I love to hear Michael Irvin speak. He does so with the passion in his voice of a southern minister and like any good speaker, he speaks from his heart. VIDEO from symposium.
When Michael spoke to the rookies, he sent a very strong message that you can damage your name in a very short amount of time if you mess up like he did. Irvin said that he would trade his rings (Super Bowl) in order to clear his name. He pointed out that his son can google ‘Michael Irvin’ and find out about things he did that he is not proud of. That really puts it into perspective.
No Michael was not a saint when he played with Dallas but I always had the impression he was a great teammate and an outstanding leader in the locker room and field. Irvin’s troubles were away from football. As a player, his teammates say no one gave more effort or time than Irvin to be a great player. He set an excellent example with his work ethic. He was a vocal leader in the locker room.
Teammate Daryl Johnston said of Irvin, “Michael was the hardest working guy on our team. … He was a guy who made some wrong decisions, but he never took anything public, and he never spoke out against anyone on our team. He wasn’t a problem. He was more of an inspiration.”
While watching those teams win Super Bowls, you just knew Irvin was the leader as his drive to win was obvious and contagious. When the ref. put the ball down to begin play, you knew Irvin was going to show up and play to win that game. I imagine that rookies who played with Irvin discovered quickly where Irvin stood when it came to effort.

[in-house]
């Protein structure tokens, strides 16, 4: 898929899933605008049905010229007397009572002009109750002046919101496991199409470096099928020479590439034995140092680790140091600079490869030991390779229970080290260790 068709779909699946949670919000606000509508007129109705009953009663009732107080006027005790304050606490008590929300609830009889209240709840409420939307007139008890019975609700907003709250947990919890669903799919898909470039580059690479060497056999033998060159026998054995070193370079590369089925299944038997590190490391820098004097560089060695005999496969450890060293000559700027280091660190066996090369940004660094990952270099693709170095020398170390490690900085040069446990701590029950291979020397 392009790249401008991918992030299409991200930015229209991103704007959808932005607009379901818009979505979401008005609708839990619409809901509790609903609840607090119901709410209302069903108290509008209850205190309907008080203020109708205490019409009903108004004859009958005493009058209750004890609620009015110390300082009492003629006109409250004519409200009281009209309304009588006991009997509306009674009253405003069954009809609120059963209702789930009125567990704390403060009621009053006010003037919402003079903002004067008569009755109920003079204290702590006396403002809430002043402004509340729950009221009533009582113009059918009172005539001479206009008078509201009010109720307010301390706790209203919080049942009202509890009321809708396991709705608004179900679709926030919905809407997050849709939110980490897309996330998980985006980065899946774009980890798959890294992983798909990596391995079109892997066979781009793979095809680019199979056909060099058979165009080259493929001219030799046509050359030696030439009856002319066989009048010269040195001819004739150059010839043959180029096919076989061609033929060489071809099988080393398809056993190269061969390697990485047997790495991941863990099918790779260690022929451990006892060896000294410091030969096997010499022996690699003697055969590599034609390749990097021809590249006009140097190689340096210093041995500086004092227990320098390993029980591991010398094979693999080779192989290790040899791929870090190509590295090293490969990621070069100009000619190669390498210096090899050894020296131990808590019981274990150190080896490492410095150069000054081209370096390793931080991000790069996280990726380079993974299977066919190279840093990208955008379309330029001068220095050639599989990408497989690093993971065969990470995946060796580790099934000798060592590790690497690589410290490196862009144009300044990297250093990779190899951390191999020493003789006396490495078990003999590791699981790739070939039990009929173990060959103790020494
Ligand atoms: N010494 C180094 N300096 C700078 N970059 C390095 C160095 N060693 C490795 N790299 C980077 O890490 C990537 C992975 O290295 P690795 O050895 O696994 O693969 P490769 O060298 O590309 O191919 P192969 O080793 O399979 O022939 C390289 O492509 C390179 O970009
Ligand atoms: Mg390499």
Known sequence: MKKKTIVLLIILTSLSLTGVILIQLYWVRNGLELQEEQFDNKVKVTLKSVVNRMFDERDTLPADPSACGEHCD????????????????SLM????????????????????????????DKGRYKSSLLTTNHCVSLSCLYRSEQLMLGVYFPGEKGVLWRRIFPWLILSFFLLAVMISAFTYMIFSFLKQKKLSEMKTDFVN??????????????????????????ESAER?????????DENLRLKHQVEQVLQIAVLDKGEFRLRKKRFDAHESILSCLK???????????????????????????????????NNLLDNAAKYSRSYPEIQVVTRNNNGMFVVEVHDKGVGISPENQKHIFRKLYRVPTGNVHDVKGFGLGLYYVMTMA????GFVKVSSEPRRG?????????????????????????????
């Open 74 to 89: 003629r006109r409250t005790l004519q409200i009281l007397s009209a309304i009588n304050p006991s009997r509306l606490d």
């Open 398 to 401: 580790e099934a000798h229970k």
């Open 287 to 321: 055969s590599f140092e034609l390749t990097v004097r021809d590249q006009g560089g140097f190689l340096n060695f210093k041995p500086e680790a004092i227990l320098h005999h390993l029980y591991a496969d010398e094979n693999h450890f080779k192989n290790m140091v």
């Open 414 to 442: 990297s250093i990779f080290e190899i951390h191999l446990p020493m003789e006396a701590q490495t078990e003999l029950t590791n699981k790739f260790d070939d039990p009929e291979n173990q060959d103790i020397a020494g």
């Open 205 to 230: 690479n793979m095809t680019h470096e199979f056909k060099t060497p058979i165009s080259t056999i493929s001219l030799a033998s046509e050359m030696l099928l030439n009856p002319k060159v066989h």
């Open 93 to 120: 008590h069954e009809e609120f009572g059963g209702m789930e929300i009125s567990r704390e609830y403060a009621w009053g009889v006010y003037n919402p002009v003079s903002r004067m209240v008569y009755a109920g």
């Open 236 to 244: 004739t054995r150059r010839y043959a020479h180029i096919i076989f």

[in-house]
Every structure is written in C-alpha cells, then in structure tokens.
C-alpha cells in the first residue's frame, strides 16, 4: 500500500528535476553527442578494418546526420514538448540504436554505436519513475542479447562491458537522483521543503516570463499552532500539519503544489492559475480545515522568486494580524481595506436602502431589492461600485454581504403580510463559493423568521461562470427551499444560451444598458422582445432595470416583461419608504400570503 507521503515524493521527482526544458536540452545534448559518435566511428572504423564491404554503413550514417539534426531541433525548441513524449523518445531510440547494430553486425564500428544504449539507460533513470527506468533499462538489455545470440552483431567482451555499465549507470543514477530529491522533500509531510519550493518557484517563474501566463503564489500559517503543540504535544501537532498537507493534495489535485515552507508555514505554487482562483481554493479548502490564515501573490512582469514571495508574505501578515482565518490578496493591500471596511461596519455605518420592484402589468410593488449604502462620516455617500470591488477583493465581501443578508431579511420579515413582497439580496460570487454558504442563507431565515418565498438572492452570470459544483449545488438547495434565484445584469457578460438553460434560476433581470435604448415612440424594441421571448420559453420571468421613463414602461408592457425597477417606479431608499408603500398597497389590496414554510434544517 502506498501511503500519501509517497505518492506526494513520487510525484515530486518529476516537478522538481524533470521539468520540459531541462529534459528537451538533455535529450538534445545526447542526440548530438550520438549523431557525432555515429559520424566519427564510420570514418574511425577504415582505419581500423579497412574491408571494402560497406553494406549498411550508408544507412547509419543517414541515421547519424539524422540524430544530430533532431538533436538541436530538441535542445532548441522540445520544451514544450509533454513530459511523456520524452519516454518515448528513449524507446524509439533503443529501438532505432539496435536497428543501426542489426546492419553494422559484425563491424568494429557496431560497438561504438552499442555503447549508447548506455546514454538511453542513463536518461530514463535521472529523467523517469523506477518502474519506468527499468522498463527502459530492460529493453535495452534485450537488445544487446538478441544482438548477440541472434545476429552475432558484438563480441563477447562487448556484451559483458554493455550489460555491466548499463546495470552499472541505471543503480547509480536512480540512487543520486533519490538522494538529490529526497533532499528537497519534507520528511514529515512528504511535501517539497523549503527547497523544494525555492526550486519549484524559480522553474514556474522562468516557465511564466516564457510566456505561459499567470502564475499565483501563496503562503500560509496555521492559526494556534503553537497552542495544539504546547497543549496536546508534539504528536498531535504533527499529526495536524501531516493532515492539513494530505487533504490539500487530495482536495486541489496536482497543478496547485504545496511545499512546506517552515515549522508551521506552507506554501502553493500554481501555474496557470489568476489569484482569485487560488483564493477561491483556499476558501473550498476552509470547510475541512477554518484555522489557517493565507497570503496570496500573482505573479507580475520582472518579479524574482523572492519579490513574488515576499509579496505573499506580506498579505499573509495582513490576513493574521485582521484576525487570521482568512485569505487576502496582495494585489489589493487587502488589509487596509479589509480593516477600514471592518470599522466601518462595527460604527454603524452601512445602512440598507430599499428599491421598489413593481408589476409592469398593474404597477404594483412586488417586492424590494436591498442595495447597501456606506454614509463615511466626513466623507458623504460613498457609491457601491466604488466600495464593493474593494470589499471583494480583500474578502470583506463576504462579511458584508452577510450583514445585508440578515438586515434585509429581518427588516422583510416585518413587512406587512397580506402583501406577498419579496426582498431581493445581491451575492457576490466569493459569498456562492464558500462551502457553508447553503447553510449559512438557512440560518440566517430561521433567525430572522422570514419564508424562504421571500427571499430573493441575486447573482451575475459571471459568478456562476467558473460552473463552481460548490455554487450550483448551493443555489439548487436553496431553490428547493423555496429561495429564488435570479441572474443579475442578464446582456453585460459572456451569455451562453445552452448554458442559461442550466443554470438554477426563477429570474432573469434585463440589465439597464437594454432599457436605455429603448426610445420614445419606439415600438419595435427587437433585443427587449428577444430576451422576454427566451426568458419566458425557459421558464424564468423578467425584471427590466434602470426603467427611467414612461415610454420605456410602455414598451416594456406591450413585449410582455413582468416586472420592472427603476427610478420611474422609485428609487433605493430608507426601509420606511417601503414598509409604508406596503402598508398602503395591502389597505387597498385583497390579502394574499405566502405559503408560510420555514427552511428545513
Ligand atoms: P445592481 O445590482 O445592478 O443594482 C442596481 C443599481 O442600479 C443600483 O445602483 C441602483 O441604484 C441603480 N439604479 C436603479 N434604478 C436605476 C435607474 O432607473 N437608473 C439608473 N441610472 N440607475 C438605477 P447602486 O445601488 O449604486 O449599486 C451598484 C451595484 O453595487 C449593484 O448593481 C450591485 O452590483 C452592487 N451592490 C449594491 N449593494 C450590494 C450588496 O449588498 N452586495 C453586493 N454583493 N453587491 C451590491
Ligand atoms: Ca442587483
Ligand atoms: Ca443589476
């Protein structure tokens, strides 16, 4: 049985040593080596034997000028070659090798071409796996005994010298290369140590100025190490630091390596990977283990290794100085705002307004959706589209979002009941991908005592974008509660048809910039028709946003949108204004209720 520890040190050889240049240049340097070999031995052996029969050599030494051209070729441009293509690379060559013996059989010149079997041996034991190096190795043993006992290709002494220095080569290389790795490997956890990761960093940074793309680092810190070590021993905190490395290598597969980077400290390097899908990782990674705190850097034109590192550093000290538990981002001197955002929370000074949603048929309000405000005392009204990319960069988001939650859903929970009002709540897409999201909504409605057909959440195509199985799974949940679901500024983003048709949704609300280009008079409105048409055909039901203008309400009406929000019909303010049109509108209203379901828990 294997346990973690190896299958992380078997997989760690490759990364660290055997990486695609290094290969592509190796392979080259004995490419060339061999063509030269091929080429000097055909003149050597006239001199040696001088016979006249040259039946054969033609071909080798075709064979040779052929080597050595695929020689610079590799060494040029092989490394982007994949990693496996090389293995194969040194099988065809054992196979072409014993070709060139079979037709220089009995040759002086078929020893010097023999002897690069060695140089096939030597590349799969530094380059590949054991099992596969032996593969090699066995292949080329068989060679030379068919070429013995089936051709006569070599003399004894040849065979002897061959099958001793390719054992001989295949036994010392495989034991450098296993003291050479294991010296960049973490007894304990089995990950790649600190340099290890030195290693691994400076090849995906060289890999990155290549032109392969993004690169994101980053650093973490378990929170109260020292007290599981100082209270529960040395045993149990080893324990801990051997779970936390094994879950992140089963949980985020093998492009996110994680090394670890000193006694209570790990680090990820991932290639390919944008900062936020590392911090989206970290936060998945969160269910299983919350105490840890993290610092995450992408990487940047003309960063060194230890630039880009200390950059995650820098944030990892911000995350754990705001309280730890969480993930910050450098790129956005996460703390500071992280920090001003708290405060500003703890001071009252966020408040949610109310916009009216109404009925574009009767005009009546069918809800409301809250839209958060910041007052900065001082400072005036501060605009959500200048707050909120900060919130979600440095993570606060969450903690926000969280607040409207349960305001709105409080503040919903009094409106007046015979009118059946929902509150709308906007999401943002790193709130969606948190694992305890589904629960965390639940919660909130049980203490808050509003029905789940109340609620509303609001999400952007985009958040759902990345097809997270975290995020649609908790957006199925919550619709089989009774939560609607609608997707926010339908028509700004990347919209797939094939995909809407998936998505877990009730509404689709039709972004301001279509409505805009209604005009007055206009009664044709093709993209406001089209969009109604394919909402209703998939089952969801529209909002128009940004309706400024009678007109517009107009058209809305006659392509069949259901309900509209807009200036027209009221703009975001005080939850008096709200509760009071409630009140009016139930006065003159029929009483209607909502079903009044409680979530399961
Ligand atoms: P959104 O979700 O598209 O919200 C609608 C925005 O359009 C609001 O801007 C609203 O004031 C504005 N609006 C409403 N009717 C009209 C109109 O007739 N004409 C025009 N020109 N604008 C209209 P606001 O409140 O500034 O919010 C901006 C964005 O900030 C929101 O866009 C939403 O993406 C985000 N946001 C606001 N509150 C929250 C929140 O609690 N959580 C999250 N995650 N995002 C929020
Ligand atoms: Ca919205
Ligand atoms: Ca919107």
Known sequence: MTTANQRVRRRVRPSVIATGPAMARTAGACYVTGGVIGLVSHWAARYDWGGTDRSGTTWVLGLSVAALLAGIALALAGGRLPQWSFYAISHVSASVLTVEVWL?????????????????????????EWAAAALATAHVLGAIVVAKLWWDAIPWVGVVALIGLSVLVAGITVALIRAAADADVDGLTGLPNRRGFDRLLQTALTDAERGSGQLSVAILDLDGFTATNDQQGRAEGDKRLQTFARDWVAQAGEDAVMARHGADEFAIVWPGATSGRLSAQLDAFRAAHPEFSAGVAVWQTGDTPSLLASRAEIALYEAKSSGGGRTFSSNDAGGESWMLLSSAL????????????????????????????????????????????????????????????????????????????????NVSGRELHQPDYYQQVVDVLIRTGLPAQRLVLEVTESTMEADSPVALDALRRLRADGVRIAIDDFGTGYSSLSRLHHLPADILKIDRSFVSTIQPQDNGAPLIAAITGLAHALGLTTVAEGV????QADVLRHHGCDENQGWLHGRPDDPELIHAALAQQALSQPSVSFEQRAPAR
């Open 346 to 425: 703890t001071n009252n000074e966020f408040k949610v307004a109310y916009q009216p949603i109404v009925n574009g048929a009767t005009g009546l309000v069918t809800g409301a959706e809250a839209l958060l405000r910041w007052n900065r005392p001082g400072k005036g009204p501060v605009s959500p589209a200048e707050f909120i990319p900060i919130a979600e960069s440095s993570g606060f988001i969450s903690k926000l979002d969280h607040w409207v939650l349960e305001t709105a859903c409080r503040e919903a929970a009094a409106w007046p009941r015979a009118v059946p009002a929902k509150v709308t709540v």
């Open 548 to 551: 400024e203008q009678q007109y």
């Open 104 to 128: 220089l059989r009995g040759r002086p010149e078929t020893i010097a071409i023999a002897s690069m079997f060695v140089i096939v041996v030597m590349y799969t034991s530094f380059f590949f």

If a player missed an assignment and let the QB get sacked or something, I believe Irvin would be the last person that player wanted to see when he came back to the huddle. He just might get up in his grill and challenge him to do better. Not so sure the Cowboys have that kind of leader now but they need it.
At the rookie symposium, I think Irvin got up in their grill and challenged these young men to do better than he did.
On the field Irvin was a winner. That’s just a fact but off the field he had his demons. Irvin talks about growing up in the ghetto of Fort Lauderdale and how he looks back and realizes he wasn’t really prepared to handle the success that came his way so quickly. He warned the current crop of rookies that they may not be quite ready for it either. Irvin said that he sure could have used some guidance when he was a rookie coming into the NFL but they had no rookie symposium.
I think it is more challenging than ever for rookies in the NFL who are coming into the league at younger ages than ever and with more media coverage too. It’s not getting any easier to keep your name clean.
Let’s hope these rookies learn from the words of Michael Irvin and avoid the mistakes he made off the field while bringing the amount of effort on the field that Irvin did. Things are going to happen fast for some of these guys and the temptations and opportunities that come with it will certainly follow. Before they act, perhaps now they will consider what will pop up when their children google their name.
Rookies, mistakes can and will occur but when they do, remember what Irvin said in his Hall of Fame speech:
“Look up, get up and don’t ever give up.”
–Michael Irvin HOF speech in Canton.